A Rtg/TVR is different from a share point in that it is the percentage of all possible households, while a share point is 1% of all households watching television at the time. Hence the share of a broadcast is often significantly higher than the rating, especially at times when overall TV viewing is low. A low TRP can have an adverse effect on a TV program eventually leading to its closure.
Gross rating points (GRPs) or target rating points (TRPs) are chiefly used to measure the performance of TV-based advertising campaigns, and are the sum of the TVRs of each commercial spot within the campaign. An ad campaign might require a certain number of GRPs among a particular demographic across the duration of the campaign. The GRP of a campaign is equal to the percentage of people who saw, multiplied by the average number of spots that these viewers saw. Targeted Rating Points are a refinement of GRPs to express the reach time frequency of only the most likely prospects. For example, if a campaign buys 150 GRPs for a television spot, but only half of that audience is actually in the market for the campaign’s product, then the TRP would be stated as 75 to calculate the net effective buy.
Gross rating point, a standard measure in advertising, it measures advertising impact. It is a percent of the target market reached multiplied by the exposure frequency. Thus, a program which advertises to 30% of the target market and gives them 4 exposures, will have 120 GRP.
GRPs as a measure has some limitations. People like to think of it as a measure of impact, but that is really overstated. Impact should measure sales; these measures exposures, which is in fact assumed not actual exposures.
Basics of TAM (television advertising measurement):
Universe: Universe is the total or actual number of people in a defined target audience.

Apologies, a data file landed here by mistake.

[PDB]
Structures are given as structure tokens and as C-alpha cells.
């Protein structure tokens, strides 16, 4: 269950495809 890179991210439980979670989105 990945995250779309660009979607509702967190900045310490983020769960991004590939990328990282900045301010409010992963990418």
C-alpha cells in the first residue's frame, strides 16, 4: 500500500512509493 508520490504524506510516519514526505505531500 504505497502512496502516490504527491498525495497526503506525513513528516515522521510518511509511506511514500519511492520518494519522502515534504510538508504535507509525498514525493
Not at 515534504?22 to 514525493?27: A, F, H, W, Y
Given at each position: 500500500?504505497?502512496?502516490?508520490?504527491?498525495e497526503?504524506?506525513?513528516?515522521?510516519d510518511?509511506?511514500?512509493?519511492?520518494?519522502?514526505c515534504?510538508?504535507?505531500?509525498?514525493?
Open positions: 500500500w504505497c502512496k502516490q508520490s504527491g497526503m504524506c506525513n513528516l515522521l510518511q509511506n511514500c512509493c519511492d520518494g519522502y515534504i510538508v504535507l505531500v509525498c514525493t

Program Reach & Time Spent
Reach: Reach is the number of individuals from the universe who are exposed to the medium or vehicle.
Reach is normally expressed in terms of % (percentages)
Calculation of reach:
If universe is: 1,000,000 individuals (this is approx. data, it is usually defined through sampling through people-meter):
For a single episode of a program (30 minutes or 1 hour) If out of above 1,000,000 of individuals 600,000 saw at least 1 minute of programme then:
Reach = (600,000/1,000,000) x 100
Reach = 60%
Cumulative reach: The audiences accumulate over the time
- The number of individuals within the TG who are exposed to the medium or vehicle over a certain period of time
- Total time = Total average minutes (universe) x Universe
- Total time/reach = Avg minutes viewers
- Net reach
Net reach is the summation of all audiences who have been exposed to the vehicle and excludes the duplication of the viewership.
An engagement metric indicating the degree to which a program is viewed. The percent of program that has been watched. The greater the percentage of the program viewed compared to all programs of the same duration in a certain time period, the greater the stickiness index.
Sticky content refers to content published on a website, which has the purpose of getting users to return to that particular website or hold their attention and get them to spend longer periods of time on this site. Webmasters use this method to build up a community of returning visitors to a website.
Examples are chat rooms, online forums, webmail, Internet games, weather, news and horoscopes.
Sticky content is also sometimes called sticky tools or sticky gear, and websites featuring sticky content are often referred to as sticky sites.
Product Stickiness Ratio is the ratio of (Daily Active Users) DAU and (Monthly Active Users) MAU. It is one of the widely used metrics for product engagement and tells us how sticky a product is. It was popularised by Facebook and was used by it to understand the true stickiness of the Facebook app.
Daily Active Users (DAU): DAU is calculated as the total number of unique users who use your product on any given day. In other words, DAU is the total count of users who use your product at least once in a day.